Attorney Mark Dubois ()

To those of you who have better things to do than keep track of my career, I just became the president of the Connecticut Bar Association. Some will wonder as to the wisdom of any organization that would choose me to lead it. Point well taken. It may have had something to do with supply and demand. I am as surprised as anyone.

So my editor asked me whether I would continue to write this weekly column, now that I have a new title. I think I will, as long as folks understand that when I pontificate here, I am speaking for myself and not the organization I lead. Official announcements and CBA policy statements will be in Connecticut Lawyer. What you read here is just what one friend calls “Mark being Mark.”

So why, at this stage of my professional development, would I take on this bar leadership role? Well, ego probably played a part. But more important, this profession has been pretty good to me, and the chance to give a bit back was welcomed.

In preparing to take the gavel (a recycled one we found in the CBA basement that had been used in the 1940s by something called the Junior Bar Association), I asked some folks who had done the job before for some guidance. I got three pieces of advice.

First, it was “do no harm.” Many bar leaders apparently come in with great plans on how they are going to solve big problems. The reality is that a one-year term means that the amount of systemic change any one president can achieve is very limited. The best associations adopt a long-range plan and do not allow any deviation from it. Otherwise, resources and staff time are spread too thin, and successive generations of new programs all drift into various stages of incompletion after their champion has moved on. So it is best to adopt modest goals, usually along the lines of finishing what was begun rather than picking new mountains to climb. Sound advice.

The second point was to be humble enough to realize that most of what you do as a bar leader will be responding to externally created challenges. Most folks tell me that they spent great parts of their leadership years doing things they had no idea were going to be on the agenda. We don’t get to deal the cards, just play the hand the best we can.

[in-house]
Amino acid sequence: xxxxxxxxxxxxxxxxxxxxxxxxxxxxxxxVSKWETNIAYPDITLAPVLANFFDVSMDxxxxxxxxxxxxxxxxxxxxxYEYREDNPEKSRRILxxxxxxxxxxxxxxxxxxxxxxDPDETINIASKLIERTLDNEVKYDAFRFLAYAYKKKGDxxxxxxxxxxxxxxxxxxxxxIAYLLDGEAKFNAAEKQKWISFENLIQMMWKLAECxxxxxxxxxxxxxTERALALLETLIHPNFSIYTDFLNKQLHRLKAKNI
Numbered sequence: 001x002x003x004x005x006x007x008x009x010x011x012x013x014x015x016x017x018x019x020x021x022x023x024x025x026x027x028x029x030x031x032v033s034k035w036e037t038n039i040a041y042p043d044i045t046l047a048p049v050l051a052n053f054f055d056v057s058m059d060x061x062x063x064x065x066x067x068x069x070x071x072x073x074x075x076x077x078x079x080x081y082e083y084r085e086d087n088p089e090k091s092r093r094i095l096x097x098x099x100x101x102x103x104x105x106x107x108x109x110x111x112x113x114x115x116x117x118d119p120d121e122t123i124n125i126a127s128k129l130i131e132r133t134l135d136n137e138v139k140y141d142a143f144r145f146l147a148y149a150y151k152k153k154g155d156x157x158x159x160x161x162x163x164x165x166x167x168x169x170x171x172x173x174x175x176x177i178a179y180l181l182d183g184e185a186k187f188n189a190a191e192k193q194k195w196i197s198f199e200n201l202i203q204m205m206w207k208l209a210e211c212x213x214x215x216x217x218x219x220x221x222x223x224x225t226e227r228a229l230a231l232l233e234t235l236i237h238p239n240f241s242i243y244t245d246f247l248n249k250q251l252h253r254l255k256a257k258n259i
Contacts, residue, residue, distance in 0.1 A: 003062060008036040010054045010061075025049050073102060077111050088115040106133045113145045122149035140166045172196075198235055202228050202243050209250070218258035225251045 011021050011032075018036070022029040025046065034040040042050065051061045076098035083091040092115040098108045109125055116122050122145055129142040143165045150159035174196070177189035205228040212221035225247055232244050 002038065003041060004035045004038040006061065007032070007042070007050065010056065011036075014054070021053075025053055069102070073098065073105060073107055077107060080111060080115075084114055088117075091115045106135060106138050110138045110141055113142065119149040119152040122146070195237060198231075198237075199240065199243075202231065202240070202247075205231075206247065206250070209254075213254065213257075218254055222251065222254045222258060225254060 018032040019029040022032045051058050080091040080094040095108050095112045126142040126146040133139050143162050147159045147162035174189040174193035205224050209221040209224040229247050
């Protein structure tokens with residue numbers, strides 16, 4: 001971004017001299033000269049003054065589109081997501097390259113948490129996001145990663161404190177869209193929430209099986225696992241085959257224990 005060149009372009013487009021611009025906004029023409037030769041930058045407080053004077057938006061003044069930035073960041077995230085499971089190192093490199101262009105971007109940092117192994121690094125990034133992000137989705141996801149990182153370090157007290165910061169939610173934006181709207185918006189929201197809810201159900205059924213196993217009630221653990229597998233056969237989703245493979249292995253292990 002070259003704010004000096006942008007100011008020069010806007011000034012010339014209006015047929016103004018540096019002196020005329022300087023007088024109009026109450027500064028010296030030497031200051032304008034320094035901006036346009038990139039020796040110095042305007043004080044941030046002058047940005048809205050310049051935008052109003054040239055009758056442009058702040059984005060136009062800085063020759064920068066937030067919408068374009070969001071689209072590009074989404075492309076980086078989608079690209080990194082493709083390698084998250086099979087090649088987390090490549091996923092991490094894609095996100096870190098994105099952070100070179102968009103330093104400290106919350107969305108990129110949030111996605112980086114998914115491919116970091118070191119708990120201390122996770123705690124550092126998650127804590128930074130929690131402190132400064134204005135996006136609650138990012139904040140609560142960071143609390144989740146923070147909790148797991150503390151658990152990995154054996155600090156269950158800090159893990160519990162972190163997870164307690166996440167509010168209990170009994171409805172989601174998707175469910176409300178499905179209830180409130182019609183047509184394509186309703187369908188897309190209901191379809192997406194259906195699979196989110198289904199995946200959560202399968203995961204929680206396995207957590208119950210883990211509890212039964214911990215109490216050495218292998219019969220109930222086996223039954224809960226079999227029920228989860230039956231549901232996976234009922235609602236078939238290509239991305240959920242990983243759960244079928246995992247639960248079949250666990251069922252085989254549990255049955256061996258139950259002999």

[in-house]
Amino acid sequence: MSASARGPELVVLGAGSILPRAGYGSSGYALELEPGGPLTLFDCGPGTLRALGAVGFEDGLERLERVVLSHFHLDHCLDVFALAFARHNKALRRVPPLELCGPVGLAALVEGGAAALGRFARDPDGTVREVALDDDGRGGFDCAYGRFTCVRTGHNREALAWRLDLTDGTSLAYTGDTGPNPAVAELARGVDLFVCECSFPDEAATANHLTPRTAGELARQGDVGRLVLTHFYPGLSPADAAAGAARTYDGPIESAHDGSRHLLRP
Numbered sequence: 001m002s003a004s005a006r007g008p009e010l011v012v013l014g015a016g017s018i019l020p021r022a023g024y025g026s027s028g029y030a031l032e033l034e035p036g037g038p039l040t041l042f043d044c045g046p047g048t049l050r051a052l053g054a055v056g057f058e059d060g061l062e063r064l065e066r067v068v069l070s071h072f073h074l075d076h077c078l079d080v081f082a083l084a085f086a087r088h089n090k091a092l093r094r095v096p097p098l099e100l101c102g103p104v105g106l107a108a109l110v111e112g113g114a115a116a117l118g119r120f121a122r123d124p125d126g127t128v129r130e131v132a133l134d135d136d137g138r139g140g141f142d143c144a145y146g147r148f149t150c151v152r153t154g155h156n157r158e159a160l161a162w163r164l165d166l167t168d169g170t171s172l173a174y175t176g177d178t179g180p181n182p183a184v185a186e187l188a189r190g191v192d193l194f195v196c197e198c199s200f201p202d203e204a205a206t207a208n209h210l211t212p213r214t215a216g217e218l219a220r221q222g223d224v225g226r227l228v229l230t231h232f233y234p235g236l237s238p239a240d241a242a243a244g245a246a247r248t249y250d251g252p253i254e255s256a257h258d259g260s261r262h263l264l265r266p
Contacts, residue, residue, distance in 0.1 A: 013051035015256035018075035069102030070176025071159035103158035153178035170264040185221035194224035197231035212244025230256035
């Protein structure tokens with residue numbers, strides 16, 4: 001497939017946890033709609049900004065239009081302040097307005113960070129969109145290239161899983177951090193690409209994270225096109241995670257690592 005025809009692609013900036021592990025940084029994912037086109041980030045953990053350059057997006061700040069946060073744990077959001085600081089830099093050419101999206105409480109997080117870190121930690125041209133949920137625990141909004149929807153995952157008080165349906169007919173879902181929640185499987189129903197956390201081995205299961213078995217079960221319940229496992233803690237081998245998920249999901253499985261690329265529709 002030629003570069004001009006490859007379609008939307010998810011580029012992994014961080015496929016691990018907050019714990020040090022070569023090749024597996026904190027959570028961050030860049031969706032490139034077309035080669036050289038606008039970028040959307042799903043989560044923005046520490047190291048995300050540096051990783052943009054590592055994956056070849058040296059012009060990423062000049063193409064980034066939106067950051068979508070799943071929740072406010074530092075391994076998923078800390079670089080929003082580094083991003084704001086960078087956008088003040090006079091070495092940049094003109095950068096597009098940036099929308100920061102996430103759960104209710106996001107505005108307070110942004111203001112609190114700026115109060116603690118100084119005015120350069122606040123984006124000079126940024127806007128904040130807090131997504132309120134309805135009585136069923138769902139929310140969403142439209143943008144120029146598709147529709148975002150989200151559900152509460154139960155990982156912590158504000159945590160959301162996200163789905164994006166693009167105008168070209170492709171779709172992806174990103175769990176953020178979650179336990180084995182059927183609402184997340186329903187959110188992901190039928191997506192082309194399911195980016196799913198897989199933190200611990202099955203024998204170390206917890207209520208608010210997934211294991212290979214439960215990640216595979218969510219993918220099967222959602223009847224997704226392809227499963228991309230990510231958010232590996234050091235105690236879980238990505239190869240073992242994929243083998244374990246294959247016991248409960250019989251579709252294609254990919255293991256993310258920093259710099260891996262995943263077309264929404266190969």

Finally, I was told to leave the place a bit better than I found it. I, like most, started through the chairs figuring that when I got the reins of power I would right some wrongs and change the face of the profession and the practice. Now, after watching many good starts drift toward incompletion, and a few actually move slowly toward realization, I understand that modest goals are the best ones. Small wins are still wins.

We have a robust number of bar groups in Connecticut, so many that it is not uncommon for groups to schedule conflicting events on the same day. And we are at a time when new lawyers are not inclined to go to bar meetings every night of the week like some of us old hands do. The groups that will be successful in the future will be those that are affordable, relevant and unique. I think my group does some things no one else does, and does them pretty well. I think we will survive. But we can’t be complacent. Yesterday’s powerhouses can become tomorrow’s also-rans in a heartbeat.

The practice of law has always been as much a business as a profession, at least for the decades I have been in it. This means that in addition to professional issues, we need to address the business aspects of what we are and how we do our work. Markets are powerful things, and can transform industries and professions quickly. Two powerful market forces at work right now are the trend toward self-representation and the push by nontraditional providers to have access to our markets. We ignore either or both at our peril.

This smoke is not going back into the bottle; things are only going to accelerate. Court systems are going to have to fundamentally transform what they are and how they deliver access to justice, and bar associations are going to have to help lawyers find their place in this new world. That should be enough for a presidential year. More than enough.•